Sharedprincipal_component_analysis.ipynbOpen in CoCalc

Principal Component Analysis:

Often times, particulary in health care, datasets have a large number of features and only a small number of samples. Having too many features is referred to as "the curse of dimensionality". This is because the more features (dimensions) a model is working in, the larger the volume of the feature space of the model resulting in widely spread out (sparse) observations. Because supervised machine learning is largely about finding patterns in observed data, when these data points are spread out too thin over a large feature space its harder to pull out important patterns.

As a result, a number of methods exist to reduce the dimensionality of a dataset. This can either be down through initial univariate analysis, i.e. retaining only those features that by themselves are associated with the response. Another approach is to attempt to combine features in such a way that the number of final combinations is smaller than the number of initial features, but the combinations maintain most of the information that was present in the features. An example of this is principal components analysis.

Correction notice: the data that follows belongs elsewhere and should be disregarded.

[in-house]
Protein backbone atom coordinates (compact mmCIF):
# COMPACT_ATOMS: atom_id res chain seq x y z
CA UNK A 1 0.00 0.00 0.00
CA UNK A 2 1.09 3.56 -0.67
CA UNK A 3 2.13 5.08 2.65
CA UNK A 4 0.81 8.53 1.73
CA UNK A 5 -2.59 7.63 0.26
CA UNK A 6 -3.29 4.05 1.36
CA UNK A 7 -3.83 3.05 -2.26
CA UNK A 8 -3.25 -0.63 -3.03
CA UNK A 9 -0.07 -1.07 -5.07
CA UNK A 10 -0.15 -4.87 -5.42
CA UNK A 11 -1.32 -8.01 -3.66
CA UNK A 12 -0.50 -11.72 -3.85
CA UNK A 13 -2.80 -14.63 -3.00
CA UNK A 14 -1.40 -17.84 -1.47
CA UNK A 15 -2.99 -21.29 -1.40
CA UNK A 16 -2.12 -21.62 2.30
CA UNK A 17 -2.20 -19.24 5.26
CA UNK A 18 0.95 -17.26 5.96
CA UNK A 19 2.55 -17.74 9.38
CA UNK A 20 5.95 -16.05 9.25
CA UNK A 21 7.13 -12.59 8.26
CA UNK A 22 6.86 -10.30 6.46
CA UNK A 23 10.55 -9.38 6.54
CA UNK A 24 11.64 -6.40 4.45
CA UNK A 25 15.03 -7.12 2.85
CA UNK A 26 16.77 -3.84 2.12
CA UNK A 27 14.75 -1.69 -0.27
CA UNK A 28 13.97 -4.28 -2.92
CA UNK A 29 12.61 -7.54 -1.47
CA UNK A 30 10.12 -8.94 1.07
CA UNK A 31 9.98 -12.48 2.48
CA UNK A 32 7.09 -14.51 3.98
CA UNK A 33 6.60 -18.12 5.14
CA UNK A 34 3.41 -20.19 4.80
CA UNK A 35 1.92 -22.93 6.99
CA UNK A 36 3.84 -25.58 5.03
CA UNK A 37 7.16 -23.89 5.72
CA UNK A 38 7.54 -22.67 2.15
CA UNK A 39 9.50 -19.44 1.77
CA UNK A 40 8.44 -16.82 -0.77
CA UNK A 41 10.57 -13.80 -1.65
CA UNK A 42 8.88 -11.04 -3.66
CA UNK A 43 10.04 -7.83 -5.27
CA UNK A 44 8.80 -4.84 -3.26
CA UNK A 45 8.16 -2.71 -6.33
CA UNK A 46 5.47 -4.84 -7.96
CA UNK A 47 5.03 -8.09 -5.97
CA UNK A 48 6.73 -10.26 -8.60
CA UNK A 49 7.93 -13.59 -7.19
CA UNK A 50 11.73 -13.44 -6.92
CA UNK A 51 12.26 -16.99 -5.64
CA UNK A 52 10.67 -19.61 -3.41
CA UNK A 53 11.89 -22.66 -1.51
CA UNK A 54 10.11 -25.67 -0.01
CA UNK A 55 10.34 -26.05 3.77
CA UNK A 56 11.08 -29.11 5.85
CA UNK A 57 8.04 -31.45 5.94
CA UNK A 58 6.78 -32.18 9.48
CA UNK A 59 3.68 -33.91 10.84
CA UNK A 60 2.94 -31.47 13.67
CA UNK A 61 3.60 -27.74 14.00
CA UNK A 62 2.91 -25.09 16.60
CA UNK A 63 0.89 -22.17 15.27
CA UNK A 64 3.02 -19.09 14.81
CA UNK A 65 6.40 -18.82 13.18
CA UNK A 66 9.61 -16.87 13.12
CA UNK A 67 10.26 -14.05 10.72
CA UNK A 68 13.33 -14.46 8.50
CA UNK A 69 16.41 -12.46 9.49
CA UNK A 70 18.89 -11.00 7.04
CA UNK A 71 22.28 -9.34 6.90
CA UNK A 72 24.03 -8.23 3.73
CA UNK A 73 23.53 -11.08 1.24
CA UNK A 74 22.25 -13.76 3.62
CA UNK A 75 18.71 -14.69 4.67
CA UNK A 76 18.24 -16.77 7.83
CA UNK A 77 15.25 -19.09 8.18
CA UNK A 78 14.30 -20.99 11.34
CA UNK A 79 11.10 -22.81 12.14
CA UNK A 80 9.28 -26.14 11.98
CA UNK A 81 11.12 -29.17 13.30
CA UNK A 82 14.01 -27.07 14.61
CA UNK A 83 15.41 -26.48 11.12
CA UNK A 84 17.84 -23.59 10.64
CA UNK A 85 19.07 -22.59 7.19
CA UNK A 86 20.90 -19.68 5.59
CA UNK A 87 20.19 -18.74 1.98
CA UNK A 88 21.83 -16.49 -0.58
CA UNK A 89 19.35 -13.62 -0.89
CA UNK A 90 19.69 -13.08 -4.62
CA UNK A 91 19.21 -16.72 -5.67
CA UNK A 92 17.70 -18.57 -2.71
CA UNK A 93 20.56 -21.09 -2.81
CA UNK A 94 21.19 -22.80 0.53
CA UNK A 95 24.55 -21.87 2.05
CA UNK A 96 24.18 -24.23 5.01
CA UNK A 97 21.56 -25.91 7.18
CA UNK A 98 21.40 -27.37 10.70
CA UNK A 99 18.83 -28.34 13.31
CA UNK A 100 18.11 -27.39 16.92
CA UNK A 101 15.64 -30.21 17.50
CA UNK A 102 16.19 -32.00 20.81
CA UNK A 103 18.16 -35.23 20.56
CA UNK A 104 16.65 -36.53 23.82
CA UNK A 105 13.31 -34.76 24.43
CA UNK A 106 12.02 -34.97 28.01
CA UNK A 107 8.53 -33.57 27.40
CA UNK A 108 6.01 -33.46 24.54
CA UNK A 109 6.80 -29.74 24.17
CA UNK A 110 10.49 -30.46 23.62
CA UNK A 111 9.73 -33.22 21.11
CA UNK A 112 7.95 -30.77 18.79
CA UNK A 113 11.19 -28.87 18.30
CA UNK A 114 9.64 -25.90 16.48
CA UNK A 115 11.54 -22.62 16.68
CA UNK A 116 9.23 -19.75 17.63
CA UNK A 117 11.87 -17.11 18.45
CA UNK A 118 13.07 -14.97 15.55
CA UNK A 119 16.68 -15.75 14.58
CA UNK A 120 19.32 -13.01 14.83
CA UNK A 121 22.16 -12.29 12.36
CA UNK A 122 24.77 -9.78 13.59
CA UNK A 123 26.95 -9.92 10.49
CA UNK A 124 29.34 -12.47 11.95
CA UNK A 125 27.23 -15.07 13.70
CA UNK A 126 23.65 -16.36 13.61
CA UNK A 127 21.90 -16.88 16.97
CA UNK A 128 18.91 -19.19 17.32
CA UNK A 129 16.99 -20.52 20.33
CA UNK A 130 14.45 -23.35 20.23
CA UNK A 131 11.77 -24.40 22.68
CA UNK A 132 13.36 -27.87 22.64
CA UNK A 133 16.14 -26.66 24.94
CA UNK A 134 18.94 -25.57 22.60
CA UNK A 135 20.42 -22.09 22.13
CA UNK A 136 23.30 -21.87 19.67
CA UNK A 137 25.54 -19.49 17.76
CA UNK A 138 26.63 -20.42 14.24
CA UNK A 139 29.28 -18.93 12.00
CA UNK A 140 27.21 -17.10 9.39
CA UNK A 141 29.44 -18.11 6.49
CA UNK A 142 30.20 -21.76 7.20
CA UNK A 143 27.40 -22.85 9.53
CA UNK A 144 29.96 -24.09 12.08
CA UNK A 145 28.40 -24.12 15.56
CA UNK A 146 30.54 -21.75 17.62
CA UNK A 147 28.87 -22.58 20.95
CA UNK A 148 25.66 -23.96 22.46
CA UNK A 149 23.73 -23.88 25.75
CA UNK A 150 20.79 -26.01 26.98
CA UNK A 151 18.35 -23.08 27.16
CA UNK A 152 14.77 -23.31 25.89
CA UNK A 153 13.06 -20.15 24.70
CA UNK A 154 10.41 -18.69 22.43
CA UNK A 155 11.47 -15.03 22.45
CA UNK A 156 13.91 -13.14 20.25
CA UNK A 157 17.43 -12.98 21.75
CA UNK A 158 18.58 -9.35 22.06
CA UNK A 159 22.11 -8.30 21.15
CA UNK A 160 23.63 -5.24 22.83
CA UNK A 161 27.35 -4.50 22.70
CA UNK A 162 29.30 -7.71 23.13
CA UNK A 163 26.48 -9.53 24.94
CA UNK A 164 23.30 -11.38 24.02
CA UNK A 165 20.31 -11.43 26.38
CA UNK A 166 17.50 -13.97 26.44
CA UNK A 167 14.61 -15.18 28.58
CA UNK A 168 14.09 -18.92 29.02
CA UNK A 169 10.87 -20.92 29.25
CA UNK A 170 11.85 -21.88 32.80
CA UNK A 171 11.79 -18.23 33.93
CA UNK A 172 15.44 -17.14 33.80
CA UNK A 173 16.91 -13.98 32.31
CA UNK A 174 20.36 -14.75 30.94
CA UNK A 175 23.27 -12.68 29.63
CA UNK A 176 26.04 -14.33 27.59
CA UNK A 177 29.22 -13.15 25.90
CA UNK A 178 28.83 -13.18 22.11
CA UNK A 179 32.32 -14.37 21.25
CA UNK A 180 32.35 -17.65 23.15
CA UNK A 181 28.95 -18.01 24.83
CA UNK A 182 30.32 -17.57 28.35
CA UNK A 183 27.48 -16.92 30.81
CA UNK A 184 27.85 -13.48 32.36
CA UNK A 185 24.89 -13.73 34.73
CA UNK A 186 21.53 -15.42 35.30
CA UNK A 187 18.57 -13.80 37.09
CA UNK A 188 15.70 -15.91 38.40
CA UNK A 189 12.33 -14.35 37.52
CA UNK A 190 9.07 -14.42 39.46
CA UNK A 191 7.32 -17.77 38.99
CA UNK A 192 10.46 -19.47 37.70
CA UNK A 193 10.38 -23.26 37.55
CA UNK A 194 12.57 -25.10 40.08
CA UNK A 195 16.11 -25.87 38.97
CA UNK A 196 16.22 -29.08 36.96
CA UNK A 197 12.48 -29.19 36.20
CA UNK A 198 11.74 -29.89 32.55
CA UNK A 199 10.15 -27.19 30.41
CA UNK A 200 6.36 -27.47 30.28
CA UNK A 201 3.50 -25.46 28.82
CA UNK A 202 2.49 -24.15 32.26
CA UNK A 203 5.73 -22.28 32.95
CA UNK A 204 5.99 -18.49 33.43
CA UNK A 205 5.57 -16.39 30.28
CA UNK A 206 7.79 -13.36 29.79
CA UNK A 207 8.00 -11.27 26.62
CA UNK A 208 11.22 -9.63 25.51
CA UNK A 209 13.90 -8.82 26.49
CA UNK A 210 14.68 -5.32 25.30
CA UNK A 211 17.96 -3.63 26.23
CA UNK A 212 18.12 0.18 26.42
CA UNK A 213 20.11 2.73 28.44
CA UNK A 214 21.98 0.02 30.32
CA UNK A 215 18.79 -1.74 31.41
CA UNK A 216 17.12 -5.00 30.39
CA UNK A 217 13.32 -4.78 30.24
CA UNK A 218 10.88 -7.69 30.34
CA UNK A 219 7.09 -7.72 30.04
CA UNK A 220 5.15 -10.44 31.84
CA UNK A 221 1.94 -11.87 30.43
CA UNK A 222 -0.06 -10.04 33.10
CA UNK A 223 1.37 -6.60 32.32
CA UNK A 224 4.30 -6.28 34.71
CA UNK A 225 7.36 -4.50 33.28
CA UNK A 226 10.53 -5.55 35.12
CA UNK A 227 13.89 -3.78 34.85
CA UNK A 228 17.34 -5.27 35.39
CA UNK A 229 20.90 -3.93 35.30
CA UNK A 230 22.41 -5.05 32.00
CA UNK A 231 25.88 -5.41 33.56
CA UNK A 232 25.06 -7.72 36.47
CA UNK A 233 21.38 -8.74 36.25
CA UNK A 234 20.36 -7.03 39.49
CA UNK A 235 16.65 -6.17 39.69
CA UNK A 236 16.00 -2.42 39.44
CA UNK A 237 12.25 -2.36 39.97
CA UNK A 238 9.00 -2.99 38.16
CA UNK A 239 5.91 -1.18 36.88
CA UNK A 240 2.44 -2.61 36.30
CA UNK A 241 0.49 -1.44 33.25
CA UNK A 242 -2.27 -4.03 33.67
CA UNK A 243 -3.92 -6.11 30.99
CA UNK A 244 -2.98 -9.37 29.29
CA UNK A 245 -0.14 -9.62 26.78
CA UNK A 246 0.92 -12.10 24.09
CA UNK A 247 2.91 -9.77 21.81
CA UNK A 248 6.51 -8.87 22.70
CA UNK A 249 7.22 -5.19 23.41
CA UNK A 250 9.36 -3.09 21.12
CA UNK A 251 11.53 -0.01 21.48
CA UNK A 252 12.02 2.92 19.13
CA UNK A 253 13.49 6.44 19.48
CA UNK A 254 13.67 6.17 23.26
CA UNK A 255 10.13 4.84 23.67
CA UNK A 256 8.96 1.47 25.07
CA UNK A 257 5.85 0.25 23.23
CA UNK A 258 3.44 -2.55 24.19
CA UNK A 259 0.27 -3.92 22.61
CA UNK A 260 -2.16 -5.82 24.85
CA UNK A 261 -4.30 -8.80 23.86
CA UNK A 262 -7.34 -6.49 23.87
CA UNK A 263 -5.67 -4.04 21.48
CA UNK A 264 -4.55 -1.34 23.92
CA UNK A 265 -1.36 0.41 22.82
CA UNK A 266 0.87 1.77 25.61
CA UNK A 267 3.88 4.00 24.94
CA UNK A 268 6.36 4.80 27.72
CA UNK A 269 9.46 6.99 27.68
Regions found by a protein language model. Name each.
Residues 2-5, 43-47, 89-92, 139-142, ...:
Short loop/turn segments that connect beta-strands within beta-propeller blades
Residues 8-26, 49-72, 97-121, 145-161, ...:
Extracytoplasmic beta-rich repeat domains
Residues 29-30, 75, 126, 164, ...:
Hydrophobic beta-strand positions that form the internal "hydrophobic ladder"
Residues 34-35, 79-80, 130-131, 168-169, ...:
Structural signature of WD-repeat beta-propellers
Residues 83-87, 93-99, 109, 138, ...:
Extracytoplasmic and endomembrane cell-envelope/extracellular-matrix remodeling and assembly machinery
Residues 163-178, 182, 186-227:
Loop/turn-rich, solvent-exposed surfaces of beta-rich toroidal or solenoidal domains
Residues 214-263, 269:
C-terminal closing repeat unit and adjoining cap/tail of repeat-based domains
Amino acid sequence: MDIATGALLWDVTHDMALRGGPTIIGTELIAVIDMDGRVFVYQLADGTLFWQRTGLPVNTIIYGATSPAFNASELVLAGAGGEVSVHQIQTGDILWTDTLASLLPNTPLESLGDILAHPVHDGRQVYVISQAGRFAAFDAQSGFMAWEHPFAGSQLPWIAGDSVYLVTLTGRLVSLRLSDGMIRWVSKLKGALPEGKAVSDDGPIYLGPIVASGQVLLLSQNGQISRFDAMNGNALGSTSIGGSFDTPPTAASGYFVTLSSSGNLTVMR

library(ggplot2)

# read in dataset
dataset <- dataset[,-ncol(dataset)]
print(paste("This dataset has", ncol(dataset)-2, "features"))

[1] "This dataset has 30 features"
# find principal components
pca <- prcomp(dataset[,-c(1,2)], center = TRUE, scale. = TRUE)
print(pca)

# plot amount of variance explained by each PC

# create plot data
plot_data <- as.data.frame(pca$x) plot_data$group <- dataset\$diagnosis